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MISSION UPDATE: Independence Day






It was an especially frigid winter on the mountain and, once again, our sloped driveway was a slick of ice. It was the kind of evening I can barely imagine now after living in this heat for almost four years, but this particular night has stuck with me.


I had to take my oldest son somewhere and I'm a timid driver even in good weather. But I also don't love driving at night so there were all sorts of reasons I didn't want to make this trip. I gulped back my nerves, whispered a prayer and told myself it would be fine. We bundled up and stepped out the front door onto the old, creaky porch.


A blast of cold air hit my face and it took a few seconds to be able to breathe. The warmth of the wood stove was only a few steps behind me but I knew I couldn't go back. I pulled my hood a little tighter and looped my hand through Micah's arm.


We were in it together only he was cheerier than I. I decided to let him lead.


He kept me upright as we made our way down the porch steps and then we started to slide down the driveway to the van. The roads had been treated but our hill had not. I made it less than a quarter of the way to the van when suddenly my feet shot out from under me and I knew I was going down. The problem was, I was still holding onto Micah which meant he was going down, too.


We landed side by side and slid a bit further before stopping. And then we just sat there on that cold, wet ground laughing hysterically. I'm the sort that struggles to pull it together once I get the giggles and I think my ridiculous laughter is probably what kept Micah laughing.


We finally made our way to our feet, and I once again latched onto my tall teenager so we could start again. We slipped and slid, but stayed upright, the rest of the way and finally made it breathlessly into the van. What I remember best, however, is that my whole attitude changed for the better after everything that could go wrong seemed to have gone wrong.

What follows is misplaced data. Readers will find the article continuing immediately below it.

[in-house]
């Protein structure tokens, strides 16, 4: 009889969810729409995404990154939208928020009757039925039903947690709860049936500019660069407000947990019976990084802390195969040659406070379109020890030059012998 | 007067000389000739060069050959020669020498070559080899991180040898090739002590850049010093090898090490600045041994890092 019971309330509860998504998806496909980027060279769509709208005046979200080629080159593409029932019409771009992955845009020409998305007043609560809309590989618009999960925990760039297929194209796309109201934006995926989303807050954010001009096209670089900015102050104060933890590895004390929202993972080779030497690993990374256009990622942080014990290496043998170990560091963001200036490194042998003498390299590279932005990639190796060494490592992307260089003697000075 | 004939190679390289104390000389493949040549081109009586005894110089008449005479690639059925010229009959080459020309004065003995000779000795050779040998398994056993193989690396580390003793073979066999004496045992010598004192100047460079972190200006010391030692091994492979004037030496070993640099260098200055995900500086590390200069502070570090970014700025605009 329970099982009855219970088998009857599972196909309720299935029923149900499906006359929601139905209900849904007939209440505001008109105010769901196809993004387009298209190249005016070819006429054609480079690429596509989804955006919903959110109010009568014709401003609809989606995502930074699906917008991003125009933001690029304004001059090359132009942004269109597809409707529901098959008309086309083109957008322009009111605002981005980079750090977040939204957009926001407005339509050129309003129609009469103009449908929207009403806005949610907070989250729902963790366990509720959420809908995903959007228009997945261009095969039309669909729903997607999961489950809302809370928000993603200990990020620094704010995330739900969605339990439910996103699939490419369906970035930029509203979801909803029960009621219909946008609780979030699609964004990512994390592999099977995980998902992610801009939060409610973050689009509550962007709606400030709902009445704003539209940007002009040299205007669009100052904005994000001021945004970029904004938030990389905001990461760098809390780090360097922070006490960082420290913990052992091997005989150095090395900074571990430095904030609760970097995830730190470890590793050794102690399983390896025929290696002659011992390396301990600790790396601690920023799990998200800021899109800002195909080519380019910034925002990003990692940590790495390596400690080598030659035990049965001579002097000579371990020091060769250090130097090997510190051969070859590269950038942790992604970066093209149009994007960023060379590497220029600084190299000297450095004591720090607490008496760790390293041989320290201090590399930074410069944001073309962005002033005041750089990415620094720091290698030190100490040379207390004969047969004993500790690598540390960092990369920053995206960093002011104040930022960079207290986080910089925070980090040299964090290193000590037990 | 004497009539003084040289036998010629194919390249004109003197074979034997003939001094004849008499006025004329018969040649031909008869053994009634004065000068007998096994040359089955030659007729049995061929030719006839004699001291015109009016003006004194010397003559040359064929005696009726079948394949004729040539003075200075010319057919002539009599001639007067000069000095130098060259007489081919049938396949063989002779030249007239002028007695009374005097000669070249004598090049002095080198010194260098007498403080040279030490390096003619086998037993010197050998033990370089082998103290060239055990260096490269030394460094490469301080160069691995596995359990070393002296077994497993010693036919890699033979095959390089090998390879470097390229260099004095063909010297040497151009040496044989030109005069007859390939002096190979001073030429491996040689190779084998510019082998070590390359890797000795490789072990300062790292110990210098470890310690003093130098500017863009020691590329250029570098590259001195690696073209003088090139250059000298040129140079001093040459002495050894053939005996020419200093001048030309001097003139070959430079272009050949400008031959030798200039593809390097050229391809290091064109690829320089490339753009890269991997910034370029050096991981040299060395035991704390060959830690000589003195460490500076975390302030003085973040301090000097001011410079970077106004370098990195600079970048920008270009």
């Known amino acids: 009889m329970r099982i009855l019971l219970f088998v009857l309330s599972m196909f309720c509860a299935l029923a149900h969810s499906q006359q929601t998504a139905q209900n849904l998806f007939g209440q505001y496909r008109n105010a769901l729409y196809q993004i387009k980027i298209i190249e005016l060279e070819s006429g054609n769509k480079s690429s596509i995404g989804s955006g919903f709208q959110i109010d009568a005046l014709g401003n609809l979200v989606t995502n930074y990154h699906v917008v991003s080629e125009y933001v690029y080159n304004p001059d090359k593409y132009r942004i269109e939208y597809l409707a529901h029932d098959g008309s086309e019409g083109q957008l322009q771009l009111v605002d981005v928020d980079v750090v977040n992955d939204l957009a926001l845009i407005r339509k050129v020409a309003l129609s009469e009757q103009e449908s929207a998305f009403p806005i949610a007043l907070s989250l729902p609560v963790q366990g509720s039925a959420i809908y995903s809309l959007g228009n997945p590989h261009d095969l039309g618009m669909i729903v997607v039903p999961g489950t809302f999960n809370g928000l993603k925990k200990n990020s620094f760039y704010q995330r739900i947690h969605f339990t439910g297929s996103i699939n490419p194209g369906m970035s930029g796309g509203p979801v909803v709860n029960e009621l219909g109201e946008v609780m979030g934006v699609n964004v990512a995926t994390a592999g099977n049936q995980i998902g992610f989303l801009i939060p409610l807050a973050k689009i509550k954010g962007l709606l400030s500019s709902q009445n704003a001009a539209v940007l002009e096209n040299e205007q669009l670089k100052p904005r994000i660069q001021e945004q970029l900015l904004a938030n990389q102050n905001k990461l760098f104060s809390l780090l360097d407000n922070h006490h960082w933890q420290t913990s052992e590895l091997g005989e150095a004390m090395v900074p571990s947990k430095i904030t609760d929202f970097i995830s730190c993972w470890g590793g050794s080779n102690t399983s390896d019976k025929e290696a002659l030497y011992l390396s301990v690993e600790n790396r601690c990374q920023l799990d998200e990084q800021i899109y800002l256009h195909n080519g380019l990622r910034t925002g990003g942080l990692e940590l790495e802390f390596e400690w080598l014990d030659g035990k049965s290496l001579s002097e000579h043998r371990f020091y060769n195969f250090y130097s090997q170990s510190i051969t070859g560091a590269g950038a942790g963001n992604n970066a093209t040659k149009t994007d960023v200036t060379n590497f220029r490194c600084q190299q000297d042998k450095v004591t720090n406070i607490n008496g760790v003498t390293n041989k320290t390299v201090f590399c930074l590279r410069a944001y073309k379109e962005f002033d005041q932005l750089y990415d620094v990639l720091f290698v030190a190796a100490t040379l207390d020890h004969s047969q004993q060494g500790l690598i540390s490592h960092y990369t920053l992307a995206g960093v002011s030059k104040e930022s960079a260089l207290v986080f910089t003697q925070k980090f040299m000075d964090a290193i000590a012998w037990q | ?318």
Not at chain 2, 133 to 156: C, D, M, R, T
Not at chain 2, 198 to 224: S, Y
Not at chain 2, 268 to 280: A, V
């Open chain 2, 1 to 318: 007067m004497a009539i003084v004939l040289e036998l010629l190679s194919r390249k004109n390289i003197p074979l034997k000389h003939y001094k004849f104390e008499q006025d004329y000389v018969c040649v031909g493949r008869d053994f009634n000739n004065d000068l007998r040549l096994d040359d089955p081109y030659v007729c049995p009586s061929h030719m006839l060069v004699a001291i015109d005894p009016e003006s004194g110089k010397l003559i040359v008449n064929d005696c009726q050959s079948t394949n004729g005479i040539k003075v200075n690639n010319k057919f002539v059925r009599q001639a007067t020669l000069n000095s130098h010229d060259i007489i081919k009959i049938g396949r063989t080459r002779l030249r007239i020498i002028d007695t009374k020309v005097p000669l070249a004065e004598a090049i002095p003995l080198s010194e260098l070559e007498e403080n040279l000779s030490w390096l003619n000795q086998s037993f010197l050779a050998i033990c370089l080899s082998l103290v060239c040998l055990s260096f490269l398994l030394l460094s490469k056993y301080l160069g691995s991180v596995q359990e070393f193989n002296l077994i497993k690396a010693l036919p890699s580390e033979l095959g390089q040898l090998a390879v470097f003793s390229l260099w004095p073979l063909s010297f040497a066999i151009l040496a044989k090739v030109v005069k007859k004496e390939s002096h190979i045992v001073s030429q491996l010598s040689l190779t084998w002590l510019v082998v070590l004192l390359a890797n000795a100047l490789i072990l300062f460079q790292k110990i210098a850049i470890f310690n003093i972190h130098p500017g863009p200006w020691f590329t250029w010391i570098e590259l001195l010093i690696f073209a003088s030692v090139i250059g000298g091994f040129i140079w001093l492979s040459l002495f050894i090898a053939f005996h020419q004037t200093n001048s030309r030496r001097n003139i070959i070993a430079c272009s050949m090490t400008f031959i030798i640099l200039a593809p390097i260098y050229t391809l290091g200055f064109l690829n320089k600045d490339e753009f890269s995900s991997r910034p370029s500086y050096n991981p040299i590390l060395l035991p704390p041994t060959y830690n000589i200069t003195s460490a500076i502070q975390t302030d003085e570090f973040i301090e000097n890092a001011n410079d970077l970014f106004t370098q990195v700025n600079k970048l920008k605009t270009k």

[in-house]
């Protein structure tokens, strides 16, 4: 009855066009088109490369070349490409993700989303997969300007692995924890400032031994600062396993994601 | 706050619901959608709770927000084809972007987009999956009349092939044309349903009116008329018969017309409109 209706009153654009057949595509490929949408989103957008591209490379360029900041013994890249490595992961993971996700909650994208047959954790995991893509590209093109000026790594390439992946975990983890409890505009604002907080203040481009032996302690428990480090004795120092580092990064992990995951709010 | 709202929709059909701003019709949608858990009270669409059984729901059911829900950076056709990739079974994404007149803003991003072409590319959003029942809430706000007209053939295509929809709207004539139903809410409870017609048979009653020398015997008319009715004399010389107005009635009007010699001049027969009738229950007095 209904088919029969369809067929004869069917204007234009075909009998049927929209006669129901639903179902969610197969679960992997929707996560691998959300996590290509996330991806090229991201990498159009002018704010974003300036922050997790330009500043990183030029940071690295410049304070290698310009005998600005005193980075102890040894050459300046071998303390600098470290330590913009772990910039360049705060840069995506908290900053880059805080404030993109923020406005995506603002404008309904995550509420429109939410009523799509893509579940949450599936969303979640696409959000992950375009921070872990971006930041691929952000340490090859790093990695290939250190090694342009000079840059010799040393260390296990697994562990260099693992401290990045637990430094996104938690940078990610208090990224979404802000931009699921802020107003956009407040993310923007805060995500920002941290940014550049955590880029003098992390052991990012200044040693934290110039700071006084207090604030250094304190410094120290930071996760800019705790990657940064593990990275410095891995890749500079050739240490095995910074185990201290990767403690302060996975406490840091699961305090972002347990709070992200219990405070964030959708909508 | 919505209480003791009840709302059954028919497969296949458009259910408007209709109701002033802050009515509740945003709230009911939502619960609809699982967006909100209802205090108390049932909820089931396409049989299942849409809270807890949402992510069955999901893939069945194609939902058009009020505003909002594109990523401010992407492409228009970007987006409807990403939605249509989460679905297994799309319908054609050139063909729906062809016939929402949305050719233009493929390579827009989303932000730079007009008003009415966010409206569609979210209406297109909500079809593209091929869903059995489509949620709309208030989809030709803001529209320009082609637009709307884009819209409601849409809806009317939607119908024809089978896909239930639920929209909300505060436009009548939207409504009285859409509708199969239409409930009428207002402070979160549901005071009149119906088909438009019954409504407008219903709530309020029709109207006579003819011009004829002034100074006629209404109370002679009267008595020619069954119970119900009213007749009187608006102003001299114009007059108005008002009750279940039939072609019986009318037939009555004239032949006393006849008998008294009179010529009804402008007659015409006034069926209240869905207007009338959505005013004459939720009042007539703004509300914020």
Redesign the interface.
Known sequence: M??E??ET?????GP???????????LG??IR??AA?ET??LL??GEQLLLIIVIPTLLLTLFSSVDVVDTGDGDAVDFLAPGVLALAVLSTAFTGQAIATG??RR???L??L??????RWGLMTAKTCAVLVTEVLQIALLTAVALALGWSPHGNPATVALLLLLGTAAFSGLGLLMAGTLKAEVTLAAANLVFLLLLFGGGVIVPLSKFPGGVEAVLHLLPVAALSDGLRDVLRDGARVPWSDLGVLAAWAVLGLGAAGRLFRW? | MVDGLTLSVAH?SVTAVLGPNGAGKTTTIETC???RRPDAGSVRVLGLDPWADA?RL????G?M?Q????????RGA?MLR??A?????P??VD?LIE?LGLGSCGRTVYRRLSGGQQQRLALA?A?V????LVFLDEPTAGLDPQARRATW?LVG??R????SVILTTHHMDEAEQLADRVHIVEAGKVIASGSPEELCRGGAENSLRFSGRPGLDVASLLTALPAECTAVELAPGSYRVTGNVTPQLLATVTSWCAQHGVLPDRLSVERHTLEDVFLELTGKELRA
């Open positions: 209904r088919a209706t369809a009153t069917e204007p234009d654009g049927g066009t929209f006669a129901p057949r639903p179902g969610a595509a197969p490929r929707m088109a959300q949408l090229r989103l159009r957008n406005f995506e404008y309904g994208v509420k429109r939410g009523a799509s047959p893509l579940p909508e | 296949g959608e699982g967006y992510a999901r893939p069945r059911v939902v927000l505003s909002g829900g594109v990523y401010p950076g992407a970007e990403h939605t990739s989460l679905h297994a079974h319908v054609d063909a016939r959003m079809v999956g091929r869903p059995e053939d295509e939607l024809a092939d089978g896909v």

Odd, right?


What I realize now, looking back, is that I wasn't alone. I was with my child, who I love with everything in me. The person he is, the lightness of his mood, the way he tried to protect me, and then the way he stayed with me even when I landed on my backside ... it turned something stressful into an experience I remember almost a decade later.


Together is just better.


I've craved quiet for years thinking it was my ticket to peace. My life is just always so full and so noisy and so very, very fluid that I sometimes think, "If only I had a good stretch of time to myself, I'd feel more peaceful." And so I sneak off to my room or to the raft on the water and try to soak up a little quiet. Only they always find me.


It's like they're programmed to just know, you know?


But sometimes I'm tuned in enough to hear God's gentle voice calling to me: They're seeking you out like I want you to seek me.


There it is. It's so plain and yet so easy to miss. My kids, biological or otherwise, pursue me. They want to be with me. They're happiest when I'm nearby. They crave my company and they love my attention. They want me to know everything about their everything. They're rarely trying to get away from me but are always chasing me down.


Why am I not in pursuit of God like that? Clearly it's instinctual in children, and I'm His child so what exactly is it that I'm missing?


If I were to answer my own question I'd have to say I think it's largely that I forget how much better all the stressful moments are when I link arms with Him and let Him protect me. When I let the sweetness of who He is spill over onto me until I find myself laughing through the hard times like I did that night with Micah. The situation on that icy hill wasn't made easier or more comfortable, the company simply made it better.


Sometimes I seek so hard after my own company, thinking quiet is what I want, when really I'm craving God and I don't even know it. My independent spirit gets in my own way.


The sun has just set on July 4, 2023 (Thai time) and we celebrated America's independence half a world away in Southeast Asia. We splurged a little and bought the fixings for a picnic meal, American-style, and it just tasted a little bit like joy. I'm thankful to be from the Land of the Free and the Home of the Brave although I'm sad to see what's happening to it as its citizens fight so hard to give up their dependence on God. I cringe when I see how far we've collectively turned from the One who makes the journey sweeter.


The impossible task of raising two and a half dozen+ children, from a culture different from our own, seems to grow harder as we watch the east take its cues from the west. How do we explain things that don't make sense in a language we can't fully utilize? How do we make sense of the senseless?


We can't.


But we can teach them to seek their independence from sin and to chase after God like their lives depend on the success of the seeking. Because it does.


So we'll just be over here learning to relentlessly pursue God like our kids pursue us. Because it's only when they see us actually walking that pursuit out that they'll realize all independence is not created equal and that the best kind doesn't look like independence at all.


It's the kind that puts us fully dependent on the best Companion ... and completely delighted about it.





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